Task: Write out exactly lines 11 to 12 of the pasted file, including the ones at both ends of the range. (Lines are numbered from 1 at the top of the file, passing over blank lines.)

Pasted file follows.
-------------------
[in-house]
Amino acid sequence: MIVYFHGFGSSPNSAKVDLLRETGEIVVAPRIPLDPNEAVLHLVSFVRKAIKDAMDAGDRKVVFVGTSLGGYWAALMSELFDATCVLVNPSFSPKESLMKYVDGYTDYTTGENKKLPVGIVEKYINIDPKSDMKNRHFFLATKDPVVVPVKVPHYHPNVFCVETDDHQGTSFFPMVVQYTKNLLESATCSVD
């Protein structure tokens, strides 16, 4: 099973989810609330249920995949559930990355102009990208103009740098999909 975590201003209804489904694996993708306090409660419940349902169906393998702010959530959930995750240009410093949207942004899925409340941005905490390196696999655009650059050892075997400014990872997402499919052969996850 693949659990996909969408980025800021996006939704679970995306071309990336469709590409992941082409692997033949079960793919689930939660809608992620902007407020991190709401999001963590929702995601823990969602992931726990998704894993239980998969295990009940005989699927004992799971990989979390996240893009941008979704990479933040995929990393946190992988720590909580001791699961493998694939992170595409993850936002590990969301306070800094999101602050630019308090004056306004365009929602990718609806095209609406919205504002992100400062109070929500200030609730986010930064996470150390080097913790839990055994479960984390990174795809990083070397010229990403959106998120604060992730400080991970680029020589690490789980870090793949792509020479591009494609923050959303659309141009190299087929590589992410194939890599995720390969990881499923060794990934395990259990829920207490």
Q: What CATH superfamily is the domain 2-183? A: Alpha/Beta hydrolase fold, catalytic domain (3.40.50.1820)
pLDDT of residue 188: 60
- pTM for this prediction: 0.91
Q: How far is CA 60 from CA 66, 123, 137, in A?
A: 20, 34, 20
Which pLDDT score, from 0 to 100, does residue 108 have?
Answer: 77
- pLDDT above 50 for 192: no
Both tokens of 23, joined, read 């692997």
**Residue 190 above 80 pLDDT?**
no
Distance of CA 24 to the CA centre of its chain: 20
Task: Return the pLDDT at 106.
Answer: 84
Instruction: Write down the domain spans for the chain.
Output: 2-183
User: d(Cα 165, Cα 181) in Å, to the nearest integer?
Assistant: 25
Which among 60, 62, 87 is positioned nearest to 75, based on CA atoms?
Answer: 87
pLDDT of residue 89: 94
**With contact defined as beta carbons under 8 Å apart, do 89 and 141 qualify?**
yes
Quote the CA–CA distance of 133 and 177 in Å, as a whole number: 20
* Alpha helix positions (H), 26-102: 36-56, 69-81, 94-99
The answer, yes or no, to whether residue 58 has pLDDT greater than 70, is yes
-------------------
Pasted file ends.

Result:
- pLDDT above 50 for 192: no
Both tokens of 23, joined, read 């692997």